The BB Meta Pad was written by the team at BB eBooks to assist in navigating the complicated and confusing metadata requirements for EPUB laid out by the International Digital Publishing Forum (IDPF) and Dublin Core, which is a Singaporean-based metadata initiative. All metadata generated by the BB Meta Pad should included in the <metadata> section of your OPF file. For more information on how the EPUB package is structured, please consult the BB eBooks EPUB 2.0.1 Tutorial. Sample boilerplate OPF files are available at the developers page provided by BB eBooks. You are welcome to use this app for commercial purposes.
To use the BB Meta Pad, simply fill out the forms in the Required Metadata portion of the Control Panel and click on the button “Insert Required Metadata”. After that, you can fill out the optional metadata in the Control Panel and click “Add Optional Metadata”. This will insert the optional metadata right below the required metadata in your generated XML. If you need to add additional contributors in your metadata (such as photographers, editors, and other team players), simple fill out the fields in Extra Metadata and click “Add Extra Metadata”. All XML is generated in the textarea below the control panel for copying and editing convenience.
BB Meta Pad has been tested on Chrome, Firefox, and IE 9—older browsers may have issues. If you make a mistake, just press Ctrl-Z to undo. It goes without say that you should be saving backups of your content often during your workflow. BB Meta Pad has no server-side features, so everything lives in your browser.
Please note that all XML generated by the BB Meta Pad has been tested with EpubCheck for EPUB compliance.
The IDPF requires that the following metadata be available in the OPF file for version 2.0.1 or it will fail EPUB validation. The IDPF spec on metadata in EPUB is here for your reference:
eBook’s Title: This is the content within the dc:title element. If you want to file your eBook as “Adventures of Huck Finn, The” rather than “The Adventures of Huck Finn”, you should annotate this in the title field. Do not use the file-as attribute in the dc:title element.
eBook’s Author: This is the name of the primary author and that should appear within the dc:creator element after you generate the required metadata from the Control Panel. The opf:role="aut" attribute is not required by the IDPF but suggested, which is why this attribute is automatically added in the Meta Pad. If you want to file the author’s name with their last name first, simply write that in the (file as) field in the Control Panel. This will add the file-as attribute within the dc:creator XML. If you want to file the metadata by the author’s first name, simply leave the (file-as) field in the Control Panel blank.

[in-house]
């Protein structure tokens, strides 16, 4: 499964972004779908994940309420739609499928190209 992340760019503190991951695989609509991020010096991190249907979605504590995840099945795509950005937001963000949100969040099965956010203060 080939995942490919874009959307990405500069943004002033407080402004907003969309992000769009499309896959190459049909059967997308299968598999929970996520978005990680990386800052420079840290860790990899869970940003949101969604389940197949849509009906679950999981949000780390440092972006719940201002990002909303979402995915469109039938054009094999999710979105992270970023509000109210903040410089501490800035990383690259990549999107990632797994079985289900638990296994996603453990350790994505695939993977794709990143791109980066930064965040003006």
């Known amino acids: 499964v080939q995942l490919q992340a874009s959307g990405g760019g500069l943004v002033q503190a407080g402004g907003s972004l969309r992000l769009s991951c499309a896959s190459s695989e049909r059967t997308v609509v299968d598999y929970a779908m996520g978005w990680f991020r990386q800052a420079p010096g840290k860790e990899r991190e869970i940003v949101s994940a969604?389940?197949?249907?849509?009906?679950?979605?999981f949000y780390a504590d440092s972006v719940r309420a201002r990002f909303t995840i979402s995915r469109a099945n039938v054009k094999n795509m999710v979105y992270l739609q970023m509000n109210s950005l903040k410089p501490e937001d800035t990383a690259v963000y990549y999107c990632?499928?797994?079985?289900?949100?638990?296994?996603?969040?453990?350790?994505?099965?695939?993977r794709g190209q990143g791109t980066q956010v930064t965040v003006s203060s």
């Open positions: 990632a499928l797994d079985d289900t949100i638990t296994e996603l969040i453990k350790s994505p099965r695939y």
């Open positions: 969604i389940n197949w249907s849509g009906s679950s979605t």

The Publisher: Even if you are self-publishing, this metadata is required. If you do not have a publishing company, simply add the author’s name. The BB Meta Pad will automatically add an XML entry within the dc:publishing element.
Publishing Date: This is the date the eBook is published. It should be in the YYYY-MM-DD format (e.g. 2012-07-04 for July 4th, 2012). The BB Meta Pad will automatically add an XML entry within the dc:date element.
ISBN or UUID: ISBN’s are expensive and most eBook stores do not require them. If you leave this blank, the BB eBooks Meta Pad will automatically generate a unique identifier for you (i.e. a UUID). If you insist upon using an ISBN, please keep in mind that it must be different for both the EPUB and MOBI versions. Also, ensure that you use this exact same metadata in your toc.ncx Table of Contents. Consult the boilerplate for examples.
Language: Enclosing the code for the eBook’s language within the dc:language element is required within the OPF file. The codes are from the RFC 3066 spec. Using en-us for US English is inserted by default in the BB Meta Pad.